Here it comes again. The new Senate Budget Committee Chairman, Kent Conrad of North Dakota, is pressing to form a bi-partisan panel to address Social Security. Joining him is Judd Gregg (R-N.H.), whom Conrad succeeded. Conrad’s plan surfaced in the Washington Post on January 12.
It is reasonable to conclude they assume the program paying one American in six needs to be fixed. The two men plan to make their case to members of the House, Senate and Bush White House.
Conrad and Gregg’s goal is to create a panel to address the costs of Social Security and other programs such as Medicare, according to the Post. Later, the panel would work to have Congress vote on a reform bill.
Conrad is no loose cannon in the new Democratic deck. Harry Reid, the Senate majority leader, is clearly aware of what Conrad is up to, even though Nancy Pelosi,, the House majority leader, vowed to “preserve” Social Security about a month ago.
As is well known, Social Security is financially sound — for the next 33 years if you believe Social Security trustees, amd for 40 years if you lisdten to the non-partisan Congressional Budget Office. No fixes required, thank you very much.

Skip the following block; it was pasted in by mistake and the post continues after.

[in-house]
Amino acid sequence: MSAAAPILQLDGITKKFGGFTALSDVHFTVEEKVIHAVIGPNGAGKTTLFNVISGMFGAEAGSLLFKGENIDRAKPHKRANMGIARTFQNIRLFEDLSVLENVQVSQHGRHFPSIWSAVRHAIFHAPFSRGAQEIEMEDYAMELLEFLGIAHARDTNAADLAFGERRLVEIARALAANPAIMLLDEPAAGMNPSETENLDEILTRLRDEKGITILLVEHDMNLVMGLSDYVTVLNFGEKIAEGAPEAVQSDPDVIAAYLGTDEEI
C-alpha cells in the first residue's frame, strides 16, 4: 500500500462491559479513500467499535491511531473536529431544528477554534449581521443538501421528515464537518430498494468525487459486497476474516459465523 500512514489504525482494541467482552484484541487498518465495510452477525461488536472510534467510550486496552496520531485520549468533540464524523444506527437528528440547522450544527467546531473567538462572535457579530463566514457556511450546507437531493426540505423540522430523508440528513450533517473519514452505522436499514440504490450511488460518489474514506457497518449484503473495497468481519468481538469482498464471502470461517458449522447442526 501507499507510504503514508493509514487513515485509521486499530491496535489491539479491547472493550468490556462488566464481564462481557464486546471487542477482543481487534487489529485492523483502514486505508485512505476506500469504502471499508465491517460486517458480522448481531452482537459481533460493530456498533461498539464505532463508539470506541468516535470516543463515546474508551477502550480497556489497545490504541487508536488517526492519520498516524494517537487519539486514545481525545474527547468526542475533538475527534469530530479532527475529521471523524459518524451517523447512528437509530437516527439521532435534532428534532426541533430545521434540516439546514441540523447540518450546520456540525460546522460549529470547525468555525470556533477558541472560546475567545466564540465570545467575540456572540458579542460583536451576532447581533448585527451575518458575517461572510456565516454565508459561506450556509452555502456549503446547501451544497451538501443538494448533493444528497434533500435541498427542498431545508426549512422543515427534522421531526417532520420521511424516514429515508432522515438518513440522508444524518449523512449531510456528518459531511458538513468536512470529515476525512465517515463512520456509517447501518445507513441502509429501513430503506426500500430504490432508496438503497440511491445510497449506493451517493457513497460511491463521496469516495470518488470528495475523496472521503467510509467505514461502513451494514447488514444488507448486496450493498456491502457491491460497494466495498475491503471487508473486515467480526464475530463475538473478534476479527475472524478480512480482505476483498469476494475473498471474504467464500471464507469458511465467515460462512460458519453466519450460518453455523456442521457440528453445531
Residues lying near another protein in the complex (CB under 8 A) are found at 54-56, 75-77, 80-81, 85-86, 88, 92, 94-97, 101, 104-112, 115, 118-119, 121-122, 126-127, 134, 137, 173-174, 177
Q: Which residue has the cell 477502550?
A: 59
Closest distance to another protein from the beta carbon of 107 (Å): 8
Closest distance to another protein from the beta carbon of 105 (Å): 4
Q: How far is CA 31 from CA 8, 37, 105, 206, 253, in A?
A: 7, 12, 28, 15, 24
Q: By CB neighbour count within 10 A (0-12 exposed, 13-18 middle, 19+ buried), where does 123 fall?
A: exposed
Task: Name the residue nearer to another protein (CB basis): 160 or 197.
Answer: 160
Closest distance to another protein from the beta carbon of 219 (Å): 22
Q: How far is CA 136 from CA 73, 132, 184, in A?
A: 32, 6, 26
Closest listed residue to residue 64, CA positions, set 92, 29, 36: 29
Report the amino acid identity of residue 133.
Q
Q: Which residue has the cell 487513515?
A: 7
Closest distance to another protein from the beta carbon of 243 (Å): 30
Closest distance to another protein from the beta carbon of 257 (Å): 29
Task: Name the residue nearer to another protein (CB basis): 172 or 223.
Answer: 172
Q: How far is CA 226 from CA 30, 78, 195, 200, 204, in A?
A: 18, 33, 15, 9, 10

Recall the Democratic majority in both houses of Congress has garnered much publicity by pledging to increase the federal minimum wage and decrease interest rates for college-student loans. Apparently, the party’s economic policy also includes handing Social Security over to the mutual funds industry, long the goal of Wall Street.
Conrad and Gregg have learned from the failure of President Bush’s plan to “reform” Social Security, which crashed in flames in the last session of Congress, when Democrats made political hay with his plan. Thus we see a stealth Social Security campaign emerging, cloaked in “bipartisan-ship”.
As the Post reported, “Conrad declined to provide many details of the panel, saying too much information” could render it stillborn. God forbid he informs the American people!
Of course proponents of Social Security reform do not lack funds, with Conrad a case in point. He has raised $2,273,947 from the finance/insurance/real estate sector, or 21 percent of his total campaign contributions of $10,786,295 since 1989, says the Center for Responsive Politics.
FIRE donors have deep pockets to fund bi-partisanship for Washington’s backdoor politics against the public interest. Main Street has different numbers, also known as many concerned people.
Together, they have the potential to shape the course of future events to meet human needs over Wall Street’s greed. The class struggle continues.
SETH SANDRONSKY is a member of Sacramento Area Peace Action and a co-editor of Because People Matter, Sacramento’s progressive paper www.bpmnews.org/. He can be reached at: firstname.lastname@example.org.